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Feature Articles: Health


Summer heat increases your need for fluids

Tammy Roberts, Nutrition and Health Education Specialist, Bates County, University of Missouri Extension


Young girl taking break while drinking waterWhen the weather heats up, you start sweating as this is your body’s way of naturally cooling itself. Keep in mind that your body is actually losing fluids as you sweat so it is important to replace the fluid lost.


Water makes up about 60 percent of your body’s weight and is an important part of many body processes. Besides helping to regulate body temperature, water is present in every cell in the body and helps protect some body tissues. Water helps to transport nutrients and helps with elimination of waste.


By the time you become thirsty, you may have already lost two percent of your body fluid. Mild dehydration is when you have lost two to five percent of your body fluids. Symptoms of mild dehydration include thirst, dry mouth and throat, rapid pulse, low blood pressure, weakness or lack of energy, and reduced quantity of urine. When there is a fluid loss of more than five percent, the body has severe reactions which include pale skin; bluish fingertips and lips; rapid, shallow breathing; weak, irregular pulse; and confusion or disorientation. This can result in shock, seizures, coma and death. (Nutrition Concepts and Controversies, Frances Sizer, Eleanor Whitney)


A person who burns about 2,000 calories should get about 8-12 cups of fluid per day. (Most women burn less than 2,000 calories and men working outside would burn more.) That may sound like a lot to drink, but it doesn’t all have to come from drinking water. Many of the foods we eat are made up of a high percentage of water and that counts as a portion of the 8-12 cups of fluid that is needed. Celery, cucumber, lettuce and summer squash are 90-95 percent water. Grapefruit, strawberries, broccoli and tomato are 90-94 percent water, and milk, yogurt, egg white, fruit juices, apples and carrots are 80-89 percent water.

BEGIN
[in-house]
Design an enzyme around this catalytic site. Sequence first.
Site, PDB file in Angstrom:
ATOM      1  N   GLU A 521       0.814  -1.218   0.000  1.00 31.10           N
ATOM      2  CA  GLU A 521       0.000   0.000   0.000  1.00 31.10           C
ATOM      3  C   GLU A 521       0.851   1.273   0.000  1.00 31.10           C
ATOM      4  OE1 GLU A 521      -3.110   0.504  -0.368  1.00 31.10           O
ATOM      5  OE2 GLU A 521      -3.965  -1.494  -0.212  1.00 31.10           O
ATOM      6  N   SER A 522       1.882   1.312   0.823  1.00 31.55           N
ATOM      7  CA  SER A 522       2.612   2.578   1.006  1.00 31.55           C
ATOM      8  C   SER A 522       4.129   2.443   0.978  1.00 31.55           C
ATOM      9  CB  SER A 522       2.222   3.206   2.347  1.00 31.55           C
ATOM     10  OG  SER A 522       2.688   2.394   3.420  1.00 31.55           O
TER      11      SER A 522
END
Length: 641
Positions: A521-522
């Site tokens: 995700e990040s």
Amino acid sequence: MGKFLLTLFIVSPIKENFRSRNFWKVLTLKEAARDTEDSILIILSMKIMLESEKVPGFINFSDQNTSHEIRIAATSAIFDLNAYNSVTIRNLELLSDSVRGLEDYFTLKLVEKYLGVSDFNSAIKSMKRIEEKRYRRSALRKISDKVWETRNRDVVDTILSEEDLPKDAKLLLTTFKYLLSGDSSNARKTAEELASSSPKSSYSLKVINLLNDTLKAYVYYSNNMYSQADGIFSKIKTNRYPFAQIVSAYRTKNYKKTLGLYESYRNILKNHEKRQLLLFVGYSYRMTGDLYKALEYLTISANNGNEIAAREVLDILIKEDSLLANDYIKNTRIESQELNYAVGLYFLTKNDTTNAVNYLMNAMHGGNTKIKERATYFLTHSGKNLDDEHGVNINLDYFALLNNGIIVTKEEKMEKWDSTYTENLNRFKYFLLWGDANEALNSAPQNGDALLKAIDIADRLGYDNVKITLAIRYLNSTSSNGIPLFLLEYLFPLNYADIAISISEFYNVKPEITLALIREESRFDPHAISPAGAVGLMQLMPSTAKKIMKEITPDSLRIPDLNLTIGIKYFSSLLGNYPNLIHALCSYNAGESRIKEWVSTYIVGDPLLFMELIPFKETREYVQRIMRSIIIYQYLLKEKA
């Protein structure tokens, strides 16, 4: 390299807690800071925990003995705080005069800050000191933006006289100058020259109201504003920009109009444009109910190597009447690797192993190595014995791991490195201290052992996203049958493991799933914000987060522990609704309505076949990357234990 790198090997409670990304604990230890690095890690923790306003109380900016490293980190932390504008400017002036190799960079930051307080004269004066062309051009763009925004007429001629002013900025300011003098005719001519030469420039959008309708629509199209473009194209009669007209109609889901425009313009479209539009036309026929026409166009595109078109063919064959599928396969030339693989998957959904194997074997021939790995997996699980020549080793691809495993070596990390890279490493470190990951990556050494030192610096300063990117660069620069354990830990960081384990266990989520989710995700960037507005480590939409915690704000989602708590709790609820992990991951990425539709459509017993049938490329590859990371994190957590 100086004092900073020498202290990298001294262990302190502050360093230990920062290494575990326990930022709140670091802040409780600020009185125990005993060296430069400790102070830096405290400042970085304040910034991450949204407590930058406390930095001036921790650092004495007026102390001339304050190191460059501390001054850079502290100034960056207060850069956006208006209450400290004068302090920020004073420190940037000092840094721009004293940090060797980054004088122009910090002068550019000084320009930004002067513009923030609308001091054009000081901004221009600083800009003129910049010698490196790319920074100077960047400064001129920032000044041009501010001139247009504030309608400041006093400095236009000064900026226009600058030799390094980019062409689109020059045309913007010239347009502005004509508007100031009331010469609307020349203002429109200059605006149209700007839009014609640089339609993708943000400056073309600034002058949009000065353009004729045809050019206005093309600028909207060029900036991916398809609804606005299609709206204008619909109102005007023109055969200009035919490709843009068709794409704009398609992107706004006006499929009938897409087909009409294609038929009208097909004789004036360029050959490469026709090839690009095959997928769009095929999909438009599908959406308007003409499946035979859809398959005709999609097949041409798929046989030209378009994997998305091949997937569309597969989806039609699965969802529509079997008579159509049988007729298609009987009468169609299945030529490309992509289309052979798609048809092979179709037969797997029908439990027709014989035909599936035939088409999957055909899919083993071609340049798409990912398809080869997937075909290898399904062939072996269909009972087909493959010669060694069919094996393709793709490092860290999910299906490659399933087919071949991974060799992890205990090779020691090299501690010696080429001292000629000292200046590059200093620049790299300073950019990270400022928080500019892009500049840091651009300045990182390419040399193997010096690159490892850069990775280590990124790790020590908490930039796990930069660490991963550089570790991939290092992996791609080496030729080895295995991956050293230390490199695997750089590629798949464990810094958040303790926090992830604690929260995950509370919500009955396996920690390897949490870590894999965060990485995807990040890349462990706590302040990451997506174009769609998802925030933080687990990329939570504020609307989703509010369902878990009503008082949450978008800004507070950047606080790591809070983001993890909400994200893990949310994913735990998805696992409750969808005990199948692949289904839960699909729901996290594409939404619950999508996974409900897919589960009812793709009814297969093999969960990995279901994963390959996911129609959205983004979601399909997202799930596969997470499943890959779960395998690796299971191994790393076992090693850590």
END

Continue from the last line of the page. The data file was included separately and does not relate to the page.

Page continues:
An important thing to keep in mind is that the thirst mechanism can become weak in older adults so they may need to implement a way of assuring they drink enough. Some people pour a pitcher of six or so cups of water in the morning and drink it all by the time they go to bed. Others find a way of keeping track of the number of cups of water they consume each day.


At the other end of the life span is children who often don’t honor thirst cues. It is important to assure they are drinking enough fluids. A good gauge of hydration is the color of their urine. A dark color is an indicator they are not drinking enough.


Summer is a great time for many outdoor activities. Just remember that if you are sweating, that precious fluid needs to be replaced. Next time you leave the house, don’t forget your water bottle!


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Last update: Monday, July 10, 2017